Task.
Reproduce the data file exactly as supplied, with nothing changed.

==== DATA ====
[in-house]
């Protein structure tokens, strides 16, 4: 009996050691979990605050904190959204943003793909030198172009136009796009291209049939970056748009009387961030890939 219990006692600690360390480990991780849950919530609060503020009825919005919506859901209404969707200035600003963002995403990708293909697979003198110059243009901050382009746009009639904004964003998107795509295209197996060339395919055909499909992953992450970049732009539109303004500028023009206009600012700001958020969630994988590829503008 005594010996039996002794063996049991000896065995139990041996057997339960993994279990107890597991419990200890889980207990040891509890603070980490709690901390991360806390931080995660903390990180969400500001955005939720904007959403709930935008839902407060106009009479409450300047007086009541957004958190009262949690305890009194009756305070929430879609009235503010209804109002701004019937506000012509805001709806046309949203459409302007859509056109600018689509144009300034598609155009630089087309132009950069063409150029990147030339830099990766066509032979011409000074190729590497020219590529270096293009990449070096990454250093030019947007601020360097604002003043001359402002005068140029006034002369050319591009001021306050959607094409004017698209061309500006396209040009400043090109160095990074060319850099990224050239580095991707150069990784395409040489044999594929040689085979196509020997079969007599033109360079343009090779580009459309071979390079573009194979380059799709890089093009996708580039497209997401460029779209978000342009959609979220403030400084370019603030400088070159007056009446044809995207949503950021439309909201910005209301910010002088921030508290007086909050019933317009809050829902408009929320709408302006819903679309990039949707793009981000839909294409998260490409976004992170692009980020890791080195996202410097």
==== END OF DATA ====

[in-house]
């Protein structure tokens, strides 16, 4: 009996050691979990605050904190959204943003793909030198172009136009796009291209049939970056748009009387961030890939 219990006692600690360390480990991780849950919530609060503020009825919005919506859901209404969707200035600003963002995403990708293909697979003198110059243009901050382009746009009639904004964003998107795509295209197996060339395919055909499909992953992450970049732009539109303004500028023009206009600012700001958020969630994988590829503008 005594010996039996002794063996049991000896065995139990041996057997339960993994279990107890597991419990200890889980207990040891509890603070980490709690901390991360806390931080995660903390990180969400500001955005939720904007959403709930935008839902407060106009009479409450300047007086009541957004958190009262949690305890009194009756305070929430879609009235503010209804109002701004019937506000012509805001709806046309949203459409302007859509056109600018689509144009300034598609155009630089087309132009950069063409150029990147030339830099990766066509032979011409000074190729590497020219590529270096293009990449070096990454250093030019947007601020360097604002003043001359402002005068140029006034002369050319591009001021306050959607094409004017698209061309500006396209040009400043090109160095990074060319850099990224050239580095991707150069990784395409040489044999594929040689085979196509020997079969007599033109360079343009090779580009459309071979390079573009194979380059799709890089093009996708580039497209997401460029779209978000342009959609979220403030400084370019603030400088070159007056009446044809995207949503950021439309909201910005209301910010002088921030508290007086909050019933317009809050829902408009929320709408302006819903679309990039949707793009981000839909294409998260490409976004992170692009980020890791080195996202410097």